child sponsorship

Dominican Republic

Compassion began partnering with churches in 1970.

189 local partners


More than 53,171 children registered


1,161 mums and their babies supported

2023 Update from Dominican Republic

Introduce yourself

My name is Tony Beltran, and I'm the National Director For Compassion Dominican Republic. I serve Compassion through a team of experts in areas such as program development specializing in youth, early childhood, health, and child protection. I also have the joy of serving alongside the team responsible for helping the churches through partnerships while they achieve their call to serve the poorest. And a team that oversees our change plans, budget, and data collection to measure growth and impact.

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As a result of the pandemic and the strict lockdowns, our productive sectors were severely affected. We had one of the most extended schools absent restrictions, hundreds of thousands of jobs lost, and hurricanes and storms significantly affected the agriculture sector. Now, our biggest concern is related to high inflation and food prices.

Hurricanes and oil prices for agriculture are affecting the capacity of families to buy essential food supplements. It is very sad to hear that several families in our program are worried about not having enough food, others have reduced the number of meals per day, and even others have reported that at least one family member has gone without food for more than a day. This reality breaks the heart of the Lord.

Sadly, we are also observing growth in child mortality, teenage pregnancy, and a significant rise of deadly sicknesses to children and adults, such as diphtheria, cholera, malaria, and chronic dengue fever. Frontline Church Partners [FCPs] are being trained on how to train the families to prevent sicknesses such as cholera and diphtheria. And we are training them in identifying the symptoms to provide appropriate and timely care to children and families affected by these sicknesses.

Churches are receiving close support from our child survival specialist to prevent child mortality. The same is happening with the teenagers in our program. Our youth specialist is launching programs, and courses opportunities for the youth base on their regions.

In our most immediate response, we have provided food baskets to those in critical need. Our country produces enough food but, because of inflation, many families cannot afford it. We are planning to provide some educational opportunities (English classes and other vocational training) for youth and parents in order to empower them to take advantage of the opportunities of living in a tourist economy. Additionally, there are some communities that we cannot serve because we have no presence. We are intentionally growing our capacity to serve new communities. We expect to grow in 35 new communities in the following six months. Finally, our current strategy includes specific interventions to prevent the deaths of children born in the first 28 days.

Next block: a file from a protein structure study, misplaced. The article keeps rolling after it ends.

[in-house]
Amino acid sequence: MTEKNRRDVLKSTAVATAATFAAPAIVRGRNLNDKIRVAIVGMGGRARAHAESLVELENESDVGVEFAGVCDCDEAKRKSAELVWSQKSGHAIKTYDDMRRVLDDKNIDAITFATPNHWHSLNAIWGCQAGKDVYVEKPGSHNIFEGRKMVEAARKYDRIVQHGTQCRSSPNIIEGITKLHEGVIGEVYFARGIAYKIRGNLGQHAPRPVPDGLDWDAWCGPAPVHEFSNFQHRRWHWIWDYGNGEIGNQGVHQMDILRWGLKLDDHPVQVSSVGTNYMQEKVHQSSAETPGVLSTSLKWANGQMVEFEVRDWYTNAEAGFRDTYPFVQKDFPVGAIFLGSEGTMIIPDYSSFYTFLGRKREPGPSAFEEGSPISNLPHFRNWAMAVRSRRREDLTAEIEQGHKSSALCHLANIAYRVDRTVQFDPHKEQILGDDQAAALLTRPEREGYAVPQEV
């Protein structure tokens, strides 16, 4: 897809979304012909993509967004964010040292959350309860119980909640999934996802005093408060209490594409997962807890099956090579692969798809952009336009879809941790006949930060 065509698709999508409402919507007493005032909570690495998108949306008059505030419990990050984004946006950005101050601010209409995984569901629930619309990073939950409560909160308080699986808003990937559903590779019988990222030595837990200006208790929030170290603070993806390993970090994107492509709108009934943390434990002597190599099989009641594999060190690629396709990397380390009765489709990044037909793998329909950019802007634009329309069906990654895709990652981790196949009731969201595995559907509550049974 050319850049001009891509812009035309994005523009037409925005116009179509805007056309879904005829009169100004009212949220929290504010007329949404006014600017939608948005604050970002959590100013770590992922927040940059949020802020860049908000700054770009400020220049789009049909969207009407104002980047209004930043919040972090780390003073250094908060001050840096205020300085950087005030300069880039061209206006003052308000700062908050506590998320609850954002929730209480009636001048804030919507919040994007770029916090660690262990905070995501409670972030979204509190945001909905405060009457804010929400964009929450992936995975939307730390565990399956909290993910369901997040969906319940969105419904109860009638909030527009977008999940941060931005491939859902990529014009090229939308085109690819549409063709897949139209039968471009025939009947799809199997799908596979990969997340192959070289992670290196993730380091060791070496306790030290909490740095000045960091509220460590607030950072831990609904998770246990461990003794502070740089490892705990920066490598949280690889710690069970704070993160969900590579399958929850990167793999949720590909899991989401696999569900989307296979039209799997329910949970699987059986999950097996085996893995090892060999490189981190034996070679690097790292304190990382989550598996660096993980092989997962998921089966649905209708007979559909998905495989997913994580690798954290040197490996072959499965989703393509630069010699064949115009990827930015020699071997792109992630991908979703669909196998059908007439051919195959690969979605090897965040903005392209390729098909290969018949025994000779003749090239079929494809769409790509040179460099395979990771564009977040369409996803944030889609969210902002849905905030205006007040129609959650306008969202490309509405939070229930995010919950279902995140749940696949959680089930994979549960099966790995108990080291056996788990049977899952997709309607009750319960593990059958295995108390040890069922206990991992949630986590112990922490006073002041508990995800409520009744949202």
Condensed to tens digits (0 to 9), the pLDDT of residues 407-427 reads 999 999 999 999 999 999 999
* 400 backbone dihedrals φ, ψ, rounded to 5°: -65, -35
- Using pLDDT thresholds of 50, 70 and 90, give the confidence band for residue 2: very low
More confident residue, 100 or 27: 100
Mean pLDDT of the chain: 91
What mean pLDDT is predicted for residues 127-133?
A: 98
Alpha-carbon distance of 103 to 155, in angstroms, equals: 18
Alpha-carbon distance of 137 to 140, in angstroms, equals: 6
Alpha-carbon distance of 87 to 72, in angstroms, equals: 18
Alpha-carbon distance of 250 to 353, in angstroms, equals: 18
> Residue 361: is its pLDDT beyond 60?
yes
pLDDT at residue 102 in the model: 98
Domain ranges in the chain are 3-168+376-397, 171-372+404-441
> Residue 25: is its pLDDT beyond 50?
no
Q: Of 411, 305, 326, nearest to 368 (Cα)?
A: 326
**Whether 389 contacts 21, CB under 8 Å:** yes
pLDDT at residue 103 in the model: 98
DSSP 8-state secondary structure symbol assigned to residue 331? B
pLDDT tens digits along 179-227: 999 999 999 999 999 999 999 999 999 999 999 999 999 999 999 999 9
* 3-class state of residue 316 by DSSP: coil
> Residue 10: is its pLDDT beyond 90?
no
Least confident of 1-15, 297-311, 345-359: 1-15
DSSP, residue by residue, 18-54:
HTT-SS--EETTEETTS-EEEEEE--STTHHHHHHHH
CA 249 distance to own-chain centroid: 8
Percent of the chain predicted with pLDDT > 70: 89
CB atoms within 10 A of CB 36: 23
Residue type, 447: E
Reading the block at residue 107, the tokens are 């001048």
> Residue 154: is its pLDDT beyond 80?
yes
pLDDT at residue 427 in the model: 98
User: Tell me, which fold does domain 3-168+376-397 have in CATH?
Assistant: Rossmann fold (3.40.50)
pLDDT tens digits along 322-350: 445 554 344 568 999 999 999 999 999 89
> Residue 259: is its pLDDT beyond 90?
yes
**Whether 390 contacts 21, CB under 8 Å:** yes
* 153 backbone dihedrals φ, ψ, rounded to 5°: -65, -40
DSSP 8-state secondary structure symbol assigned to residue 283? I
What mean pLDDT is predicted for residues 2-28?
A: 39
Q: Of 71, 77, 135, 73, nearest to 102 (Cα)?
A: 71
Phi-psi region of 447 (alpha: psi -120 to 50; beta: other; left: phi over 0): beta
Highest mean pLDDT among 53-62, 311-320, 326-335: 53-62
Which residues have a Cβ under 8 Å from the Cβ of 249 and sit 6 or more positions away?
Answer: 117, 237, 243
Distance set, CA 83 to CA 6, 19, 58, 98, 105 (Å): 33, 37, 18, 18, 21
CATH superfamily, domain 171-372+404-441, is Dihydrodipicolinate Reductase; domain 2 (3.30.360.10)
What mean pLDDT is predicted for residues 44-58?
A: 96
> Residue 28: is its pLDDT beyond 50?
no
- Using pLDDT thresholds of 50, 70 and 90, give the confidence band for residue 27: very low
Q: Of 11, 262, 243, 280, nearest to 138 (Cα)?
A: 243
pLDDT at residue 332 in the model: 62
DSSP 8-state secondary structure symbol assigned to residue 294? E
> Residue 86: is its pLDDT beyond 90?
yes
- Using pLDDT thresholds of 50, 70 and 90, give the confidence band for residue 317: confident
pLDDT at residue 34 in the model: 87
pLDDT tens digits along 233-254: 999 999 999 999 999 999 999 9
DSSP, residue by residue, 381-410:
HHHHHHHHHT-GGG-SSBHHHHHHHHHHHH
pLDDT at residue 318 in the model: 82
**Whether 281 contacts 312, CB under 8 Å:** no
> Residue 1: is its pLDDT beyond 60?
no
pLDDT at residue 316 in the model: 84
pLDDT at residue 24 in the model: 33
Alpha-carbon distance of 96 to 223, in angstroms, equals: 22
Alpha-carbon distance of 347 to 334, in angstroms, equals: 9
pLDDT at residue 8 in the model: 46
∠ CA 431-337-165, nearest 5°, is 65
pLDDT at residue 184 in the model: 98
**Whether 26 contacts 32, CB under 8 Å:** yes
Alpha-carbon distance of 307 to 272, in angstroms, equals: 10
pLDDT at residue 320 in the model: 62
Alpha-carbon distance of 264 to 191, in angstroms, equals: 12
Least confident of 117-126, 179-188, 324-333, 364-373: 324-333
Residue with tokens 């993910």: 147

Even though I have shared some difficult situations, I want to highlight that I have seen God working abundantly through his church among the needs we see. Last week I had the privilege to visit a church in a community called Capotillo. While interacting with the church leaders, I learned that two children in the program affected by the cholera outbreak survived due to the church's intervention. I also learned about two little twins who were born prematurely, about one pound each; the expectation for them to survive was almost nonexistent. The church took these abandoned babies with their grandma and provided their needed care. Today they are healthy babies growing strong. It is evident that the Lord shows His faithfulness among the most critical needs. We get to see countless stories of God's intervention.

God is at work, and we have the joy to see that translated into alums serving back in their communities. Two stories come quickly to mind from this past year. Two months ago, I read an article in a newspaper about a young Dominican medical doctor who specialized in Japan and executed the first neurosurgery in the east of the country. My biggest surprise was that this young doctor was Nujerling, an alum! She was offered a job to stay in Japan, but chose to come back and serve her people. I also got the privilege to visit another alum, José, a medical doctor that was appointed as the health union president in the province of San Juan, Dominican Republic. God is using children who grew up in poverty to transform their communities for the glory of Jesus.

How you can pray

Thank you for praying for staff, children and families in the Dominican Republic

  • Pray for our food security plans.
  • Please pray for strength and wisdom for our staff as we prioritize the need for interventions.
  • Please also pray for our growth plan in the different regions of our country.
  • Pray for the children and their families. And pray for the health of our staff.
  • We are thankful for you and the impact you're making alongside us. Please know we are also praying for you and God's provision for you and your family.

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